In order for businesses to succeed in today's competitive market, they need to adopt a wide variety of payment methods to satisfy the specific needs of all the customers with whom they might interact. While one form might be good enough for a majority of consumers a company sees, if the enterprise isolates other buyers, it might be harder to expand in the future when revenue is coming from a single source.
As more shoppers move away from cash and into the world of digital payments with options such as debit or credit cards, small businesses need to take advantage of their accounting resources to handle the flow accurately and determine just how much they're making at the bottom line. While essential for commerce today, some of these newer methods, like credit cards, can restrict modest enterprises from expanding.
Shackling businesses with fees
Every time a customer swipes a credit card at a small business, the store incurs a fee depending on the type of card used to make the payment, according to the Financial Post. Around 2-3.5 percent of every credit card transaction made in Canada goes to the companies who issue them, resulting in approximately $7 billion of potential revenue lost.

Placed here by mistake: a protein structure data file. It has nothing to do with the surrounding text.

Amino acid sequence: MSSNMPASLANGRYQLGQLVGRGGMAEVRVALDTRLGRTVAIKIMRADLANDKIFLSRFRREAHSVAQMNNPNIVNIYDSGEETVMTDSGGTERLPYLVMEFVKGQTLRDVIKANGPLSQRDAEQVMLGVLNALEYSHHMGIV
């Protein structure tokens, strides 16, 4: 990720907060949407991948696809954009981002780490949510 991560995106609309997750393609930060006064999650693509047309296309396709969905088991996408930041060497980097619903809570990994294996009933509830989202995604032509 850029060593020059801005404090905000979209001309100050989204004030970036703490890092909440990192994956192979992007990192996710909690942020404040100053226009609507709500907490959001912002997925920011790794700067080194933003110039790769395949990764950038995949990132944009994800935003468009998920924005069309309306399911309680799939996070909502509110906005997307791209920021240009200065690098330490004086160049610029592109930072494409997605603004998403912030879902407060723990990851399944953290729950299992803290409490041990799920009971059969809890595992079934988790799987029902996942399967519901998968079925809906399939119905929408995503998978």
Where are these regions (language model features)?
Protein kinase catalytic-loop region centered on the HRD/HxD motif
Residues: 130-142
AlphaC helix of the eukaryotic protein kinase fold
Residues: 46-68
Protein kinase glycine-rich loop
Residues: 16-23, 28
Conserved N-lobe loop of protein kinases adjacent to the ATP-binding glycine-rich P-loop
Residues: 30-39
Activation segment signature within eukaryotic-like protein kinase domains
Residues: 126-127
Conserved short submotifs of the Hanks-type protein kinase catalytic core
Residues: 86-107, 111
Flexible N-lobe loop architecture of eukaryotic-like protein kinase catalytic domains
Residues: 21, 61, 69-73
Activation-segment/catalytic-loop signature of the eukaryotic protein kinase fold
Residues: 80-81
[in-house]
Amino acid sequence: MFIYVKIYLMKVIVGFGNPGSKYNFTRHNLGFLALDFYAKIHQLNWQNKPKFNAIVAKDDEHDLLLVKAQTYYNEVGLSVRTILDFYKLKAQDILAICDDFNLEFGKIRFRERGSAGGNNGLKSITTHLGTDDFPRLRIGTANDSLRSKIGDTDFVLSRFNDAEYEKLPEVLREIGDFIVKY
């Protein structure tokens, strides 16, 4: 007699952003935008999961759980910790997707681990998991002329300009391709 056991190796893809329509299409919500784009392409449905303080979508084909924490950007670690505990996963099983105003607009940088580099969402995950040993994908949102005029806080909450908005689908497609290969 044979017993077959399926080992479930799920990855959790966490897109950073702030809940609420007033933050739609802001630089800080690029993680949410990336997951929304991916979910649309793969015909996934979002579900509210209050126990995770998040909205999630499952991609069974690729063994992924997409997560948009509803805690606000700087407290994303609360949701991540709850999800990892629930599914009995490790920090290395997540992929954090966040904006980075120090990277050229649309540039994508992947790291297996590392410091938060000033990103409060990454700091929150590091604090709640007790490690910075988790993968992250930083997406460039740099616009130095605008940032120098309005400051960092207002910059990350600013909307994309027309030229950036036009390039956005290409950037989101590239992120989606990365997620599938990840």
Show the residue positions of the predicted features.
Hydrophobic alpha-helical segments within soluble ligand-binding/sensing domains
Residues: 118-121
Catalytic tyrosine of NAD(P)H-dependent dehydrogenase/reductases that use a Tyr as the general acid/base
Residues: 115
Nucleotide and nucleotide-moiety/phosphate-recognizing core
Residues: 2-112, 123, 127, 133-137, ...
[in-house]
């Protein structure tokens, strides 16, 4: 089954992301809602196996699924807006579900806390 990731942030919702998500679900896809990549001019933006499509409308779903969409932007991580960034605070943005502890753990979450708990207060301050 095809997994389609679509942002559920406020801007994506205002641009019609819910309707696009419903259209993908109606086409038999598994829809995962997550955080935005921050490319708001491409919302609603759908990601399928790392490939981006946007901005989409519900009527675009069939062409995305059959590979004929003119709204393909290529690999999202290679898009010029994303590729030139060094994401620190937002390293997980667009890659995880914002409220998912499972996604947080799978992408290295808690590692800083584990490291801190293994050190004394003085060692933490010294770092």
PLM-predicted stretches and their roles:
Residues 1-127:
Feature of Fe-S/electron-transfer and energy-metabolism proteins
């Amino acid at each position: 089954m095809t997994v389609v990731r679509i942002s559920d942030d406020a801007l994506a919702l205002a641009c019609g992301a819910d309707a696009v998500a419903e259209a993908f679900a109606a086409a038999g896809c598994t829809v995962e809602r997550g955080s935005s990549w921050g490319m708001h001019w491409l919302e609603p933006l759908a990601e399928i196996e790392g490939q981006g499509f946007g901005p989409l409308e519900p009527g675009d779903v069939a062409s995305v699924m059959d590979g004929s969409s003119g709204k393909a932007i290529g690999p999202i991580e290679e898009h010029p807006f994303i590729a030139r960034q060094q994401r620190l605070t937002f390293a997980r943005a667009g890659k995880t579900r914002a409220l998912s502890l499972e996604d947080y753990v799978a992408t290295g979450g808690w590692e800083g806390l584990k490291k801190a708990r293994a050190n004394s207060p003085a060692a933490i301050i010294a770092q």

When small businesses run in already competitive markets where every dollar counts, these fees could make or break a company. There's been an overall increase in the amount modest organizations have to pay for customers to use their cards with no clear method of challenging the process, but new legislation is currently being worked on by the national government that may grant a firm decrease in the fees for premium credit cards, which tend to have higher rates, added the source.
Canada currently has some of the highest credit card fees in the world, reported Canada Newswire. If the changes to the 2014 budget are successful, they may bring some much-needed transparency and accountability to the payment industry so small businesses can carry on servicing the communities in which they've become fixtures.
Shops free of costly chains
The Small Business Matters Coalition has thousands of members in the country and have pledged that upon a reduction in credit card fees, its business owners will be free to make some of their own changes to the way they operate, stated Canada Newswire.
If companies are free from the heavy charges, this will help them spur investment, encourage friendly competition, lower prices for consumers and create more staffing and recruiting opportunities.